12. Juvenile Justice(Care and Protection of Children) Act,
2015, under Section 94 has laid down certain guidelines to
arrive at a finding about the age of a juvenile. It states that the
age inquiry would conduct by the Court by Certificate of School
in respect of date of birth of juvenile, obtaining matriculation or

Crl. L.P.558/2017 Page 6 of 11
equivalent certificate or the next option being the birth
certificate issued by the municipal authorities or corporation or
panchayat be obtained. In absence of aforesaid documents, a
Medical Board will be constituted to determine the age of a

13. Except for Ex.PW5/B there is no other document on
record to controvert the date of birth of prosecutrix. In view of
the mandate given under Juvenile Justice(Care and Protection
of Children) Act, 2015, age of juvenile (in present case,
prosecutrix) as per her first attended School record is taken to
be true. School record Ex.PW3/A to D goes to show that date of
birth of prosecutrix is 10.04.1998 and as such on the date of
incident (29.11.2012) prosecutrix was about 14 years 7 months
old. Thus, it has to concluded that prosecutrix did not attain
majority on the date she left her house.”

16. Having regard to the testimony of PW1 and PW2 being the father and
mother of the victim, and the fact that the documents produced by
PW3 and PW4 were not based on a birth certificate we find no
infirmity with the finding of the Trial Court with regard to the age of
the victim.

17. The statement of the victim was recorded under Section 164of Cr.P.C.

In her statement in Court, she deposed on similar lines. The relevant
portion reads as under:

“On 20.11.2012, I went to my School… about 07.00 am and the
accused Kishan (present in the court today correctly identified by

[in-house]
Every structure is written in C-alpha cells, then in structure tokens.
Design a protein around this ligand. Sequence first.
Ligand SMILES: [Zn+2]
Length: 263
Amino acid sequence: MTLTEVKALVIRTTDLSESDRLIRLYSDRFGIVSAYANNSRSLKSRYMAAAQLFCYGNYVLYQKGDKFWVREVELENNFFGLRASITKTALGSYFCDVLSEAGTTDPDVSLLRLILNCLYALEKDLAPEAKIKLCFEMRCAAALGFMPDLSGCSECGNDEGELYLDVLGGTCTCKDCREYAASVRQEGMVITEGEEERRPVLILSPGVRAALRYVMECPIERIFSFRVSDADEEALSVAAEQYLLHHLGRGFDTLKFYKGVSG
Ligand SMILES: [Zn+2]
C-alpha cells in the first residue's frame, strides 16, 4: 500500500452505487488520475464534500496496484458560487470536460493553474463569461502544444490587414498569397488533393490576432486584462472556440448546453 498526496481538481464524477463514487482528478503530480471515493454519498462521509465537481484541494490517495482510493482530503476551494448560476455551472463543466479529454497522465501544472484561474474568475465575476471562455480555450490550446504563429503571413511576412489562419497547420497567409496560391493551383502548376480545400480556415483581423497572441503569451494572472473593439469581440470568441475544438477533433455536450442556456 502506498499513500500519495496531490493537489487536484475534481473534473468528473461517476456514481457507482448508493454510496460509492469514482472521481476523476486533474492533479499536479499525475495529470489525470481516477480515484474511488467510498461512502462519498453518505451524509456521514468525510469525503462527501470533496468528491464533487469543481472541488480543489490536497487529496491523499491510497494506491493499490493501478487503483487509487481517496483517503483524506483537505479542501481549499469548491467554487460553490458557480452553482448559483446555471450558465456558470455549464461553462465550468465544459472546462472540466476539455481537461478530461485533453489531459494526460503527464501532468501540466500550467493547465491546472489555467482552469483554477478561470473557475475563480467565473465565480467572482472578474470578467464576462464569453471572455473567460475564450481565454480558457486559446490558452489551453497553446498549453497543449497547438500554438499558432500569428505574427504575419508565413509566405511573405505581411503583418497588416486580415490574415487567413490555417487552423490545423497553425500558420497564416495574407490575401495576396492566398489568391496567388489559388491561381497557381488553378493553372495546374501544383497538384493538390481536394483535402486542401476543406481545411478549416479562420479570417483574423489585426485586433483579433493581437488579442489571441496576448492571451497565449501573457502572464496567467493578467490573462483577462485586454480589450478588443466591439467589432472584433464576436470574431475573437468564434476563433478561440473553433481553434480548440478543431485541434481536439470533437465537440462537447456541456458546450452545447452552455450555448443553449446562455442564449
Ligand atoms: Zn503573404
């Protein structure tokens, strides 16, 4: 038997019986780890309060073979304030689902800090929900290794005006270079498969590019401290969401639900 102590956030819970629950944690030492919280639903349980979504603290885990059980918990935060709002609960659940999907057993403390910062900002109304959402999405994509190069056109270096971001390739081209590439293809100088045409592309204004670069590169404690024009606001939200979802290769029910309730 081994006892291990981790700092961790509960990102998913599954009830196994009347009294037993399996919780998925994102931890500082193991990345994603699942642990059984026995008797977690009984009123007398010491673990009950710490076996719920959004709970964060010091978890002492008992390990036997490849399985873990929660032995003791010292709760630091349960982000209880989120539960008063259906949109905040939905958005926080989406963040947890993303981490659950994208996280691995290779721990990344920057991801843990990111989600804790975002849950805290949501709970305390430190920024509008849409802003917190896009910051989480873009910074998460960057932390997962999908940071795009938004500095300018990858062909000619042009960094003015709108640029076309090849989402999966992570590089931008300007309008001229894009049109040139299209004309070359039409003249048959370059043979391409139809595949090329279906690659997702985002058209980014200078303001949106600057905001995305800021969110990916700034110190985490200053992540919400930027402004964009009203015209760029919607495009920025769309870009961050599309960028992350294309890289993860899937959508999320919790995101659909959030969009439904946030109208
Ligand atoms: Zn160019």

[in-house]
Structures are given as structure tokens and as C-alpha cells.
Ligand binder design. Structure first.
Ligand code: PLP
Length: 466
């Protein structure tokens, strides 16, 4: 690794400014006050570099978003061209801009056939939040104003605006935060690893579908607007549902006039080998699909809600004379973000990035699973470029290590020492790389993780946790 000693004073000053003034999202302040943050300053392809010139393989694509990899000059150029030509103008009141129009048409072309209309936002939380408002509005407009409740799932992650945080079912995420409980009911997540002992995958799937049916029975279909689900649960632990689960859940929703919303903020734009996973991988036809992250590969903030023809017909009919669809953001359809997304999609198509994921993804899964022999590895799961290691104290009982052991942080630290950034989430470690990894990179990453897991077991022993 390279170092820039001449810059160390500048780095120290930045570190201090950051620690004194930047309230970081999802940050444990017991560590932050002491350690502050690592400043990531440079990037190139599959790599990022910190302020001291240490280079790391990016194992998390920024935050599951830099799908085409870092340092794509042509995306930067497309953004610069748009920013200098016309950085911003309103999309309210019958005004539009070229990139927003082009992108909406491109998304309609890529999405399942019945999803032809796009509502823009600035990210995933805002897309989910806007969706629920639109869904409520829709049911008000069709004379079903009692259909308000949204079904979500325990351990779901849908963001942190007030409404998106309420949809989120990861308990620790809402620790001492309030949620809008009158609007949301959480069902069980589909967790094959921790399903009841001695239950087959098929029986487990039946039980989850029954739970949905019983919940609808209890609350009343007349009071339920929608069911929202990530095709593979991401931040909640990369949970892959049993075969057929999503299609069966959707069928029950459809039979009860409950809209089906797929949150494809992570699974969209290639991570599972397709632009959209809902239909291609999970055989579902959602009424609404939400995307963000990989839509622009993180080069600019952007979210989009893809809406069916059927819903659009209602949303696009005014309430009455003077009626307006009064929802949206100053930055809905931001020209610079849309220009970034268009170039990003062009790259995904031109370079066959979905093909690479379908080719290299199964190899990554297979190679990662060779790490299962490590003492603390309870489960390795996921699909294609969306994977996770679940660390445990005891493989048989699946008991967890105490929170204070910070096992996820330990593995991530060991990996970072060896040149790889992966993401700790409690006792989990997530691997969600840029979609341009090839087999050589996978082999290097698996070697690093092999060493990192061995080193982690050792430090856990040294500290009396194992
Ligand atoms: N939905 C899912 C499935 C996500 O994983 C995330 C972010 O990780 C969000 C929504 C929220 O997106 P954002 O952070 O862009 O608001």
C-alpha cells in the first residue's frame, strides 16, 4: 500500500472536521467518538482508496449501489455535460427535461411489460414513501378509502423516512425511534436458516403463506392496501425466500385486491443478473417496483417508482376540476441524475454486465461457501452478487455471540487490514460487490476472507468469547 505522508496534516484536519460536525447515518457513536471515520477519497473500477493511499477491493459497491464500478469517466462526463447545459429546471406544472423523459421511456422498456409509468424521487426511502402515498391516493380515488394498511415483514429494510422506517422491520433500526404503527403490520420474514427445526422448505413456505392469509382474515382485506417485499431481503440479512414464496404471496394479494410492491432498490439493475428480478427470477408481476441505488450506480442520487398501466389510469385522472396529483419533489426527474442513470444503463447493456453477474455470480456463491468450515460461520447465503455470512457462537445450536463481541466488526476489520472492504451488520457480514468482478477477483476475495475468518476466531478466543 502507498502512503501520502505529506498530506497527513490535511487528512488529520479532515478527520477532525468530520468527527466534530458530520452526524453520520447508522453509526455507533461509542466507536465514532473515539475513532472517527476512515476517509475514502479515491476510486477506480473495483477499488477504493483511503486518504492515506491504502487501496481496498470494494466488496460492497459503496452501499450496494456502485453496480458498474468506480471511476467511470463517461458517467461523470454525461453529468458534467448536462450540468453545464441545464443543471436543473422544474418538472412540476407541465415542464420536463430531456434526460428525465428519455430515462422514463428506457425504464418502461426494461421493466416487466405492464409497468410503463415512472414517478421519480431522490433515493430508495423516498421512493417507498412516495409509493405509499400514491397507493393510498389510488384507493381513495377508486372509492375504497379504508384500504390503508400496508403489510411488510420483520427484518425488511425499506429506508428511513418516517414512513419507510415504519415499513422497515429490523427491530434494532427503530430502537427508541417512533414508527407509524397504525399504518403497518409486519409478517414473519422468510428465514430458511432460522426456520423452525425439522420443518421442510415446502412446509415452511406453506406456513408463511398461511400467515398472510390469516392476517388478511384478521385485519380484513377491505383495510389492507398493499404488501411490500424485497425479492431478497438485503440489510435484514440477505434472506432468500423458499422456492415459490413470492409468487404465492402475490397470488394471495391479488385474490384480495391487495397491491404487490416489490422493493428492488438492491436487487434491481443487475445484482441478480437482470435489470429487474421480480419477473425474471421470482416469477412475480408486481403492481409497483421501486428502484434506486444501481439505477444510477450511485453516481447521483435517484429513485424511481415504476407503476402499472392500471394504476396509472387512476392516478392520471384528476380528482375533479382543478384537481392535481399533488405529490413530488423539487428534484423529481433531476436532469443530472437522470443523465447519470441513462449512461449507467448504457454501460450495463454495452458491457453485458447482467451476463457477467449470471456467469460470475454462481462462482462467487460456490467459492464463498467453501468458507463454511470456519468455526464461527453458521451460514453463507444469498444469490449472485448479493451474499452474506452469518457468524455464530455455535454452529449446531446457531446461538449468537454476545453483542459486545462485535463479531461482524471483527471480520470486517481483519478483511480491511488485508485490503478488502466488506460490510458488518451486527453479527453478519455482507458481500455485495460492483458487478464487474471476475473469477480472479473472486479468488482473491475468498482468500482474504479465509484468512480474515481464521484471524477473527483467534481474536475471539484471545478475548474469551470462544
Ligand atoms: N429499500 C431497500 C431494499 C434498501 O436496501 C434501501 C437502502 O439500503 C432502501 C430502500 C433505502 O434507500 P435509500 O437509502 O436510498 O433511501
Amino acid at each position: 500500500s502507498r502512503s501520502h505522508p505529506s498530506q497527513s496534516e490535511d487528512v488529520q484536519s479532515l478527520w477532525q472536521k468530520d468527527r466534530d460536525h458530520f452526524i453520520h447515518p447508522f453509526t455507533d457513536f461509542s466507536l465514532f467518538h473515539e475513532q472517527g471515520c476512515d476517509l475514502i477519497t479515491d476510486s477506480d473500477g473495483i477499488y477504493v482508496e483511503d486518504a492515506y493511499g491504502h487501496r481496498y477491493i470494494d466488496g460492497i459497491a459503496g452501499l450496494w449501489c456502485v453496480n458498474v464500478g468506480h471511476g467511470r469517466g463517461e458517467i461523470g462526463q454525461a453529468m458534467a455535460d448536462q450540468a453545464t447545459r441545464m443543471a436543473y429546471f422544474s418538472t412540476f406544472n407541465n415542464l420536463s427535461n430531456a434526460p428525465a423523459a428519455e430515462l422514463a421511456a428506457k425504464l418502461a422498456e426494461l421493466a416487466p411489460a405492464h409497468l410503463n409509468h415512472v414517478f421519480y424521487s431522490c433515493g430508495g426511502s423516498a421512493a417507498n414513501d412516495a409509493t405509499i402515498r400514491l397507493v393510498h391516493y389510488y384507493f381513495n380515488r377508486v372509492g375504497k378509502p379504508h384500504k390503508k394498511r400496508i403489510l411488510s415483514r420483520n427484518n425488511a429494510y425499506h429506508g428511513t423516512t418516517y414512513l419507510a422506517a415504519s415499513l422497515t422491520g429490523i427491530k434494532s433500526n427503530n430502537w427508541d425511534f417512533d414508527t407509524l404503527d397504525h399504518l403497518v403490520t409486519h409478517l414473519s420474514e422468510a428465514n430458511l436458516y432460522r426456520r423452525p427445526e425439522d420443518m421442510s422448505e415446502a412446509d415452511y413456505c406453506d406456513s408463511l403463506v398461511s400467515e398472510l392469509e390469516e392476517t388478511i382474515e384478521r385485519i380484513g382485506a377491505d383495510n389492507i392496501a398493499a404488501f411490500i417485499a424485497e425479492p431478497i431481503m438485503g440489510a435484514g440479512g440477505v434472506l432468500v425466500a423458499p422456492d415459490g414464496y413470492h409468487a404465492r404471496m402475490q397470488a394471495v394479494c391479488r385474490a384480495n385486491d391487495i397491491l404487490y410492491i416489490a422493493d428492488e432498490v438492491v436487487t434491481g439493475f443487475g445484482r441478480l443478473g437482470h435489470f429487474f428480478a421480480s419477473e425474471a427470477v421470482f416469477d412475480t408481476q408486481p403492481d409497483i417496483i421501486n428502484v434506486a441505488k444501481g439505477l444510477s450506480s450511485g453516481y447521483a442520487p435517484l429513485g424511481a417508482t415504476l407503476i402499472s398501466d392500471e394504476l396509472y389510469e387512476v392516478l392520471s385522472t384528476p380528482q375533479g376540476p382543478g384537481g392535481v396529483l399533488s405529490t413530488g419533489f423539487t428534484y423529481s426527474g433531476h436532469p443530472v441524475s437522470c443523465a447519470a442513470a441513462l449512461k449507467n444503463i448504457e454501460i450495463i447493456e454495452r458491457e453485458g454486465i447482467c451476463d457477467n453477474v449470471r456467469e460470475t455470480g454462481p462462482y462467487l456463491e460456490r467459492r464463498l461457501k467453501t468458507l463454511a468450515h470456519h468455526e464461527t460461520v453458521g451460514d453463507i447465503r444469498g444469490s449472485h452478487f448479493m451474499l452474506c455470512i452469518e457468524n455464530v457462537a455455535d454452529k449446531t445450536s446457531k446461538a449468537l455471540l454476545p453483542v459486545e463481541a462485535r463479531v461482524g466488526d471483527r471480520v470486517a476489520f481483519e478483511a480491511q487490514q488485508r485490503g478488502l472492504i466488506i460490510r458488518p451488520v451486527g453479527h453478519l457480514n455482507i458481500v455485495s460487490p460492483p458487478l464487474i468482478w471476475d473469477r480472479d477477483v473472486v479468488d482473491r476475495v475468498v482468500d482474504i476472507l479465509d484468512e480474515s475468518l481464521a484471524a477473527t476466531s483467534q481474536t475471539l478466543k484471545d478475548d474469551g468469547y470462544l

the witness) was standing outside the school. Accused stated to
me, “let us go for roaming (Chal Ghumne Chalte Hain)”. I
initially refused to go with him as I have to attend the school, but,
accused insisted that I will drop you till the school time is over.
Thereafter, I went alongwith the accused, went to the bus stand of
Sector-26, Rohini and caught a bus. From there we went to the
metro station and then to railway station and from there we went
to Etah, U.P. and we took shelter in the night at Etah Railway

Crl. L.P.558/2017 Page 7 of 11
Station, as it was quite late. On the next morning, we went to
Kashganj in a Temple, where accused formally put Sindoor on my
parting of head and did marry with me. From there we went to the
Court and marriage papers were prepared by the accused. I put
my thump marks on the said papers. We stayed one day at the
house of sister of accused Kishan. On the next day, we went to
Shastri Nagar, Delhi by bus and we stayed there in the house of
distant relative of accused i.e. sister of accused. We stayed there
for about two days and accused has made physical relationship
with me. I made a call to my brother namely Ajeet from the house
of sister of accused i.e. from Shastri Nagar, Delhi. After half an
hour later police personnel came at the house at Shastri Nagar
and apprehended me and accused Kishan and took us to the PS-
Shahabad Dairy. Police got me medically examined. My